I stand by my concerns about jaded and arrogant police attitudes but I also grasp how crushing it must be for all officers when they are so demeaned by a casual judicial system. It also helps me empathize a bit better with the policeman’s lot. Small wonder they become bitterly hardened in the face of such crass dismissals of what they endure while trying to do their duty, no matter how they perceive what that might be.
By the way, friendly comments about my last blog suggest that I “Stay out of trouble.” All I’ll say in response is this. Name me one of your heroes or anyone else the world remembers who stayed out of trouble! C’mon now, just one name!
Summer is rushing past. Dried leaves fall and carpet the trails. Over-ripe blackberries ferment and drunken wasps buzz in your face. Tiny songbirds are flocking up and feeding voraciously in preparation for long southward migrations. Second cuttings of hay on local farms have been baled and stored away. Local markets and roadside stalls overflow with fresh local produce. Back-to-school ads flood the media. It seems I was just posting photos of early spring buds. The seasons whirl by. Peter Fonda, the baby-faced biker just died. He was 89!
I was shocked to realize that the classic and iconic movie, ‘Easy Rider’ was first seen back in my high school days, an entire lifetime ago. That was over half a century! When you start measuring your own life in those terms, well, you know the jokes about buying green bananas.
I’ve never written a bucket list; I’ve just lived it. The greatest anticipations are yet to be experienced. I’ve learned to quit wringing my hands about things like politics. I still constantly prod people to think, think for themselves but I’ve also realized the wisdom of the old Alcoholics Anonymous mantra: “God grant us the serenity to accept the things we cannot change, the courage to change the things we can, and the wisdom to know the difference.”
Or, as George Carlin put it, “Don’t sweat the petty things, and don’t pet the sweaty things.”
This blog’s photos are local grab shots taken in the last few days.
A dear friend and fellow sailor presently visiting the Thor Heyerdahl Museum in Oslo Norway has just e-mailed me this:
“Borders? I have never seen one, but I have heard that they exist in the minds of some people.”
Nearly everyone knows about Gary Larson’s “Far Side” cartoons. When you mention the man’s name, folks instantly tell you about their favourite one. A former family doctor, when sending files to a specialist, would glue a Larson to the folder. He claimed that file would always end up on top of the pile. After an accident which required major heart surgery, I was able to get near the head of the line-up relatively quickly. Perhaps a Larson cartoon helped save my life!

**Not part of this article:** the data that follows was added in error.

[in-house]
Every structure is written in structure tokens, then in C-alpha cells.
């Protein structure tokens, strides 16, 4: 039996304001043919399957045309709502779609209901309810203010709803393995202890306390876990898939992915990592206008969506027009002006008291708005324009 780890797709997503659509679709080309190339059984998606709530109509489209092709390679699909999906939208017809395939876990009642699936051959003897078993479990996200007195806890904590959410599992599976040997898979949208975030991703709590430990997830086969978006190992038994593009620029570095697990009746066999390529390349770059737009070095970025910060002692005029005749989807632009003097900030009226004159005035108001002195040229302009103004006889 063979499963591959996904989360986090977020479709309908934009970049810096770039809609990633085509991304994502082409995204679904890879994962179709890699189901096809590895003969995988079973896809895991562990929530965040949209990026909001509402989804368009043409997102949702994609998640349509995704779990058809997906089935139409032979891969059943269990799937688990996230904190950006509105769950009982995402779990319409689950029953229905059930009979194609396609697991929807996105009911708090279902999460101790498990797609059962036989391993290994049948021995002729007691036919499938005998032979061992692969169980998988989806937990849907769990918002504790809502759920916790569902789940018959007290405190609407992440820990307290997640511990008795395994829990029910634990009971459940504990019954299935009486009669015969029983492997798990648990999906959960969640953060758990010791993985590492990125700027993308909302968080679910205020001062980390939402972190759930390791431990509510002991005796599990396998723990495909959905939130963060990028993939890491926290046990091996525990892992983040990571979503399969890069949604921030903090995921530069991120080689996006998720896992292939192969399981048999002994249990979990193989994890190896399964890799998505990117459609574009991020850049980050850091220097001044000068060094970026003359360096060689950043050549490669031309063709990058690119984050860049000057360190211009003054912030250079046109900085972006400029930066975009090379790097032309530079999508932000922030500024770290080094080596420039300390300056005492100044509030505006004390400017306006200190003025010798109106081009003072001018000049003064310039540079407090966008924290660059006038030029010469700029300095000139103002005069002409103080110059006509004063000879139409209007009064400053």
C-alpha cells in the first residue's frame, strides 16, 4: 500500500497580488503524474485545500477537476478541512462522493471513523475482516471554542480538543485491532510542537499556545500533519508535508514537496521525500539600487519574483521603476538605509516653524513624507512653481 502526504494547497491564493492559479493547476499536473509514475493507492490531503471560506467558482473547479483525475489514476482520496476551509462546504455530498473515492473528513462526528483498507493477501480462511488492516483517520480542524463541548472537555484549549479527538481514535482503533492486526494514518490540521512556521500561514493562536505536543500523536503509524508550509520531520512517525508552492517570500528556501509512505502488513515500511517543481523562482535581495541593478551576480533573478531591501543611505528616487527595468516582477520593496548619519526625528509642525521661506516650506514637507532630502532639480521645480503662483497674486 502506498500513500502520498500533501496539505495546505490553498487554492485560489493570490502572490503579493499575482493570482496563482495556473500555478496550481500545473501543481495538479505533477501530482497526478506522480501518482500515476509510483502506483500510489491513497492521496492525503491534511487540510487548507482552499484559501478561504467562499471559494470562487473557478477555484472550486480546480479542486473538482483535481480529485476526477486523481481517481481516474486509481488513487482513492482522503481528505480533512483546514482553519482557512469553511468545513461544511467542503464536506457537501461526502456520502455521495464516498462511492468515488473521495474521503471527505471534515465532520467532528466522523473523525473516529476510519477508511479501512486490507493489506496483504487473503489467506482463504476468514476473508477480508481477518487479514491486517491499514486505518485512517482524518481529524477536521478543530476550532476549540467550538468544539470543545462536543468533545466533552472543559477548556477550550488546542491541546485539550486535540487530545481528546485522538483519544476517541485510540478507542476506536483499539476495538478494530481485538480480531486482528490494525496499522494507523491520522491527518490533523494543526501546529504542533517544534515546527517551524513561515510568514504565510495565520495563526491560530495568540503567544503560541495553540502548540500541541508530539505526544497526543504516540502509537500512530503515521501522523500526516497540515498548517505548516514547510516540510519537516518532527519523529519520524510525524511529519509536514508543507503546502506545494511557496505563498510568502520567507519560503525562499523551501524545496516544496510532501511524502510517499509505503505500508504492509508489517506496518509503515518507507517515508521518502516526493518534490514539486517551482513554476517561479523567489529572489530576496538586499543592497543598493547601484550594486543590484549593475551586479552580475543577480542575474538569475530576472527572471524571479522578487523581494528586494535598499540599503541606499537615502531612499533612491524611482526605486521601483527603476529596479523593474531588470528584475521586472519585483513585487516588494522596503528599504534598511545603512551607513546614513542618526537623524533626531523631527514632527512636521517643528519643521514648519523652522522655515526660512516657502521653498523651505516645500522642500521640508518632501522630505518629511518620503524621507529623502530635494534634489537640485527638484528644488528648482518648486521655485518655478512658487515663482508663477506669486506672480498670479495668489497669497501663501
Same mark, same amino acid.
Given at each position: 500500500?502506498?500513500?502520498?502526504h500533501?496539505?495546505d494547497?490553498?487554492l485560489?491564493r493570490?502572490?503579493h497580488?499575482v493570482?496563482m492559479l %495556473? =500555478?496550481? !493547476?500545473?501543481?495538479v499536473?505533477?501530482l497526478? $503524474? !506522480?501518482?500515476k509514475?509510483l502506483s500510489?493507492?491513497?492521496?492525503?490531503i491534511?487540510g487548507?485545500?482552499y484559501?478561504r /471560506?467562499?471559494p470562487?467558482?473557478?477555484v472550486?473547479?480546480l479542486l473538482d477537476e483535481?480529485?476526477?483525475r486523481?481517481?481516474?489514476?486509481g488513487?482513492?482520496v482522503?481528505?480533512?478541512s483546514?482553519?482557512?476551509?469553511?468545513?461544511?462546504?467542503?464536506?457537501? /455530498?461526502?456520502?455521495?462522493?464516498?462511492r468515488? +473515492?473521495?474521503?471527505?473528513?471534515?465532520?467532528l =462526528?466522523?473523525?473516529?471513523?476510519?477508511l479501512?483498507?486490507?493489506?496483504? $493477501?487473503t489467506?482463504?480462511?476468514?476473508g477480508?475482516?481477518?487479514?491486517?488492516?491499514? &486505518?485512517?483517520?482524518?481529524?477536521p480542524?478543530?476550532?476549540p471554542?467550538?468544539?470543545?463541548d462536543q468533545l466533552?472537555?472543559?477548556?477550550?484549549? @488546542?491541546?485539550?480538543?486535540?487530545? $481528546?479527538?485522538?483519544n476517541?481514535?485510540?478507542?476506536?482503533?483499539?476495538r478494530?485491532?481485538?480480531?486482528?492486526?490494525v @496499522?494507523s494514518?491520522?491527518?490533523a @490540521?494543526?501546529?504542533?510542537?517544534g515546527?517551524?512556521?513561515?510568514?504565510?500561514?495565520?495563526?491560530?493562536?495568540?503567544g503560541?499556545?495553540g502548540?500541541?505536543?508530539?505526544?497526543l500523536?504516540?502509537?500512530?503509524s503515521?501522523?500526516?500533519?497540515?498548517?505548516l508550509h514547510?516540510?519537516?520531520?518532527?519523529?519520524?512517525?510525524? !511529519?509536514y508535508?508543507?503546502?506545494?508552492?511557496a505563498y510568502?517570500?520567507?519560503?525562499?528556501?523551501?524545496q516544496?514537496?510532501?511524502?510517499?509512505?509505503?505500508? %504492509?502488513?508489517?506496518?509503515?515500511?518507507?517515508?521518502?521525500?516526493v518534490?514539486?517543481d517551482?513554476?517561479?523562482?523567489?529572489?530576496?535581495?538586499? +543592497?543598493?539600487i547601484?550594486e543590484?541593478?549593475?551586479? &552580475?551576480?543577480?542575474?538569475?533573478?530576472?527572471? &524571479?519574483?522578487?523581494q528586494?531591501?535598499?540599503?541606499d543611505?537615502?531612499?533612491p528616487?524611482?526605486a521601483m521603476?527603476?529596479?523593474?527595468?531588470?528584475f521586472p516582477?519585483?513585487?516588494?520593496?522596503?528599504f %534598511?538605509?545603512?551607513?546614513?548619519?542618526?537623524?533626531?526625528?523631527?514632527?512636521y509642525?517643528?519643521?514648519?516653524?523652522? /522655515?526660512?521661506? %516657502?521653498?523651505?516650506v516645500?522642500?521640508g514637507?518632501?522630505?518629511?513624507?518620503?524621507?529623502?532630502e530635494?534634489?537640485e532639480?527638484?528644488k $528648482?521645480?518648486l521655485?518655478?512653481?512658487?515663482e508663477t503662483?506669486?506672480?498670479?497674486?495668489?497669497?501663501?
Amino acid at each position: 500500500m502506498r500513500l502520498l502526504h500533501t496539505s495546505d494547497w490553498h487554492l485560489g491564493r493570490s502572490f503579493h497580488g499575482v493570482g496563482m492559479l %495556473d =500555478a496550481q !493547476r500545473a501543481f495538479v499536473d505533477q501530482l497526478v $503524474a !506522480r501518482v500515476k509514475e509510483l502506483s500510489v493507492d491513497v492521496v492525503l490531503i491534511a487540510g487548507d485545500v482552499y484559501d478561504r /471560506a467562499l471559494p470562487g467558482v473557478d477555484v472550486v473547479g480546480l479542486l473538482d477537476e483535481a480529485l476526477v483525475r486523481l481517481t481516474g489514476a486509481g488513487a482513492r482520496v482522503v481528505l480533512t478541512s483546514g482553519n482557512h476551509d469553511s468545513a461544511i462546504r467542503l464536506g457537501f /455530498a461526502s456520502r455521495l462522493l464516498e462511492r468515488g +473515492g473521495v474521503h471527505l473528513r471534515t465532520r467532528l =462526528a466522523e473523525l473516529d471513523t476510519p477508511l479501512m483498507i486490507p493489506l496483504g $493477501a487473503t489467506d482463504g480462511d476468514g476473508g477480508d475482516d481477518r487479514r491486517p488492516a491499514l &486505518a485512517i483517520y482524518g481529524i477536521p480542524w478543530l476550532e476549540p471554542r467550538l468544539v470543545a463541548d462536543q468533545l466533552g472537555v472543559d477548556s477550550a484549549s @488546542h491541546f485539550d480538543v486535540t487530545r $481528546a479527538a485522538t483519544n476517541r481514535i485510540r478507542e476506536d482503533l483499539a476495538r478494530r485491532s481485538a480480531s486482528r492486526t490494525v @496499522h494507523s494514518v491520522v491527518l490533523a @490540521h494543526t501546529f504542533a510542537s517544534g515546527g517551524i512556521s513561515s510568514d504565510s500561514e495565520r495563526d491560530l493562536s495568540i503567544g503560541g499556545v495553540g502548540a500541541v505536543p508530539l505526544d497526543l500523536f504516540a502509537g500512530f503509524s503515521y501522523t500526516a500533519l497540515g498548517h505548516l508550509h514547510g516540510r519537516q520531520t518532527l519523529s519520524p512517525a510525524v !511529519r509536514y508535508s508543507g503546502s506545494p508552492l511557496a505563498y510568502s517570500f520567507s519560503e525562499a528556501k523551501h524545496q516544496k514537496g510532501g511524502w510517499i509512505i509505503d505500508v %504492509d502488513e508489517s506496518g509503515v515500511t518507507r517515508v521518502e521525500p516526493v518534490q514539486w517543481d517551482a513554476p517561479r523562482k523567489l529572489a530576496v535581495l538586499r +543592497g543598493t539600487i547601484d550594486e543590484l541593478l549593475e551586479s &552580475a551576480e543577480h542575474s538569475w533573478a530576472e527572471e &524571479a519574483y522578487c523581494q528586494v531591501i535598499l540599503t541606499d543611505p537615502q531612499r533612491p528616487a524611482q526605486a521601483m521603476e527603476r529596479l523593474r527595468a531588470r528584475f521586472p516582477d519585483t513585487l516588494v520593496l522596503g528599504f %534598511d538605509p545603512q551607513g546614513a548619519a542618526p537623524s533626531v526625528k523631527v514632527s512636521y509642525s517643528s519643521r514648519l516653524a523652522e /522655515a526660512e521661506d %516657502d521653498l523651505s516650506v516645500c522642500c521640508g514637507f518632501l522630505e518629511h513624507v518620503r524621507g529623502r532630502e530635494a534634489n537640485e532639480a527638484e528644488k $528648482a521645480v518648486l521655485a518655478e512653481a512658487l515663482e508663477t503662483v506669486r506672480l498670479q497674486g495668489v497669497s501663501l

Half of Larson’s work goes right over my head. I don’t understand it at all. The other ones are indelible. I cannot name a favourite because I have several filed away in my brain. Among them is one about a boy entering the “School For The Gifted” and pushing desperately on a door marked ‘Pull.’
Two dogs have a man on his back while they tickle him and laugh at his twitching leg.
There is one about the “Boneless Chicken Ranch.”
Cows grazing placidly in a field stand on their hind legs until someone shouts “Car coming!” Two old salts sit at a bar and exchange yarns. One with a wooden leg says “Well that’s interesting but let me tell you how I lost this.” His buddy has a wooden peg sticking up from his collar with a sailor’s hat hanging from the top.” The humour is often dark and sarcastic, but then all humour is a form of sarcasm.
Our cartoonists and comedians are among our modern philosophers and Larson is there with the best. One of his works depicts cattle in a long queue which goes up a ramp into the Acme Abattoir. One cow stands at right angles to the line with its head jammed between the tail of the cow in front and the face of the next cow which says, “No cutting in eh!” How’s that for social comment?
Two morgue workers attend a body in a drawer, sheet over it, toe tagged. They are going through the deceased’s pockets. One worker finds a winning lottery ticket. He says,“Lucky stiff.” As you recall one cartoon yet more come to mind.
Humour has been my salvation. Mr Larson has certainly helped sustain me in a few different ways. I’d like to buy him a beer and discover what sort of fellow he is in person. I often employ humour to ease my way through difficult situations and in interactions with other people. If you can make someone laugh, especially yourself, things are going to work out. Folks who don’t laugh leave me baffled. Everyone needs levity and the endorphin release induced with laughter. “Laughter, the best medicine” is not just a cliché.
No-one is as broke as the person who has lost their sense of humour. I think of the people out there with no apparent sense of humour at all, ever, and I wonder how they carry on. Many of those dour characters are in prominent places making global decisions. I’m sure they carry a sobering load but wouldn’t it be great if people like Mr. Trump, for example, just stepped up to the microphone and asked, “Did you ever hear the one about…?” Suddenly the world would become a much brighter place. Imagine Gary Larson, Billy Connolly, Steven Wright or Rowan Atkinson as a political leader. Prime Minister Bean, that does have a ring to it. Mind you, they probably do more for humanity right where they are. Volodymyr Zelensky, the new President of the Ukraine, was a nationally prominent comedian. Considering the dangerous clown named Putin with whom he must now lock horns, he is perhaps imminently qualified for his new role. I know nothing about politics, especially in Eastern Europe. Politics here leave me plenty baffled.